As part of that strategy we have worked with  a local women’s group KAMINYA TUKORE to set up 29 Micro poultry farms under the SEND  A CHICKEN TO AN AFRICAN WOMAN program.

In our next intervention, we revisited an issue we had been working on since 2014- Menstrual Hygiene Management.  Our objective under this program is to ensure that girls and women manage their periods in a hygienic way. This involves ensuring that girls and women have access to information about menstruation as well as access to clean and safe menstrual absorbents.

This program also provides employment for three local young women. It is our ambition to ensure that this program is accessible to girls and women across the district of Ntungamo

Widows and the goat loan project

goat loan project
Widows from Ruhanga with Goat Program Manager Os Nyesiga

Under this project we are working in collaboration with the NGO Joy Goat Development, to introduce a new breed of dairy goats into Ruhanga parish. The main beneficiaries of this program are widows, who will receive a 50% cross breed female dairy goat as a loan. They will be responsible to care for the goat until it produces the first kid.

Once the first births are weaned, the off springs will be returned to LTHT and the women at that point will be given sole ownership over the initial goat. This goat will then become an asset that the woman can use to generate income, support herself and her family through;

  • continuous sale of the goat’s offspring,
  • sale of goat’s milk
  • or improve the nutritional intake of their family if they opt for personal consumption.

Once the kids have been returned to LTHT, the female goats will be given to the next widow, while the male goats will be sold, using the profits to purchase more female goats so the cycle continues even if on-going sponsorship is unavailable.

Crossbreed program

On top of that, the whole community will also benefit from this program via a cross breeding program. .

goat
Toggenburg buck

Local female goats will mate with pure male dairy goats with a view to creating  off-springs that can produce a meaningful amount of milk. This will improve  the community’s nutritional intake radically.

We will spend the next few weeks getting the community ready for this program before the goats arrive, Keep an eye on this space for updates.

Send a chicken to an African woman- the story so far

Back in August 2015 we started on a journey to work with the women in Ruhanga SW Uganda on initiatives that would improve their incomes.  By November we had settled on the idea of micro poultry farms for 29 women.

It has been an interesting journey so far that has seen women trained up in chicken feeding, coop building  before being handed the chicks to look after on International Women’s Day

Dorothy outside her kitchen coup
Dorothy outside her chicken coup

This is a typical chicken coop built from local materials. We provided wire mesh, nails doors and iron sheets and the women did the rest.

Women collecting their share of chicken feed
Women collecting their share of chicken feed

Each woman was given  70kg of quality feed for their chickens. This feed will cover the first three months. It is anticipated that the chicks will be let out  for a couple of hours a day to supplement their diet with greens and insects. By the end of the three months  the chickens should have started laying. The women will be able to afford the chicken feed themselves from the se hopefu

 

Maria giving out vitamins
Maria giving out vitamins

The chicks were very tired when they arrived from the breeder on International Women’s Day celebrations and needed vitamins. This is Maria distributing chicken Vitamins to the women.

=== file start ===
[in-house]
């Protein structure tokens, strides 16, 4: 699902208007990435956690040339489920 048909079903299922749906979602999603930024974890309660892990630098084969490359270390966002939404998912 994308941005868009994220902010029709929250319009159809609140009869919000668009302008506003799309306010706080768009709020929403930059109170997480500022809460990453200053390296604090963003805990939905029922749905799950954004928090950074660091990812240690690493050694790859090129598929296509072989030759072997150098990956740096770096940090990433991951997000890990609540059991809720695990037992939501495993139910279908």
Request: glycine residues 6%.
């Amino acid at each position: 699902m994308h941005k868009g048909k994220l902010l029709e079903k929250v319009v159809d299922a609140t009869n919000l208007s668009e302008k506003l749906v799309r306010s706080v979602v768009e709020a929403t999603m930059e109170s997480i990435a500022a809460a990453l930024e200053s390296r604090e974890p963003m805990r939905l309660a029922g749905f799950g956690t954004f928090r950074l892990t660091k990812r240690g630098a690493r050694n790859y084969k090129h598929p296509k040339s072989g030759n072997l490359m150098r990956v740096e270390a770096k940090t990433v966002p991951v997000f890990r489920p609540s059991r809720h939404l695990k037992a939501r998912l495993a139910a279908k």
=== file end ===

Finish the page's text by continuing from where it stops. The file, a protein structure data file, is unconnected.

Ida giving out chikcs
Ida giving out chicks to Sylvia

Having worked on this from a distance, it was an absolute pleasure to be present at the launch by handing out chicks to women. I must say I was overwhelmed by the energy and atmosphere of the day.

 

Night and her husband Paddy with their share of chicks
Night and her husband Paddy with their share of chicks

Night Barayemura is one of the beneficiaries of this initiative. She’s 40 years old and has 7 beautiful children. As many others in the community, she’s a subsistence farmer and currently earns an average of £4 a month by selling some of her green bananas (matooke), beans and ground nuts (peanuts) around the village. Through this project, she’s hoping to provide a better diet for her family as they currently consume green vegetables twice a week and meat only on Christmas Day.

Caroline and her husband collect their laying box
Caroline and her husband collect their laying box

Following the distribution of the boxes, the carpenter was once again very busy making up 29 laying boxes. The boxes are very heavy and it was good see that men recognised this and stepped in to help their wives take the boxes home.

Secondary Beneficiaries

This program has benefited suppliers of  services too

 

Denis- Carpenter on the Chicken project
Denis (one in the stripped polo shirt)- Carpenter on the Chicken project

Denis (one in stripped polo shirt) is 32 years old and is married with three children. Currently, he has a team of 7 carpenters and apprentices who help him with different orders. They mostly build doors and seats. For the ‘Send a chicken to an African woman’ project, he built 15 feeders and 27 nest boxes. He reckons his profits were about 240,000 UGX, (£51.62) which he reinvested in materials for his workshop.

Send a chicken
Ronald Carpenter on the chicken program

Ronald is 32 years old and is married with 3 children. He has benefited twice fold from the ‘Send a chicken to an African woman’ project. Some of the women asked him for help to build their chicken coops and LTHT contracted him to build 27 doors and 14 feeders. He hired two additional people to complete the job, at a rate of 10,000 UGX (£2.15) per day. He told us his net profit from the LTHT contract was 500,000 UGX (107.53), which he used to buy new materials for his business.

 

Ultra poverty
KAMINYA TUKORE committee signing supply contract with Ruth (animal print dress)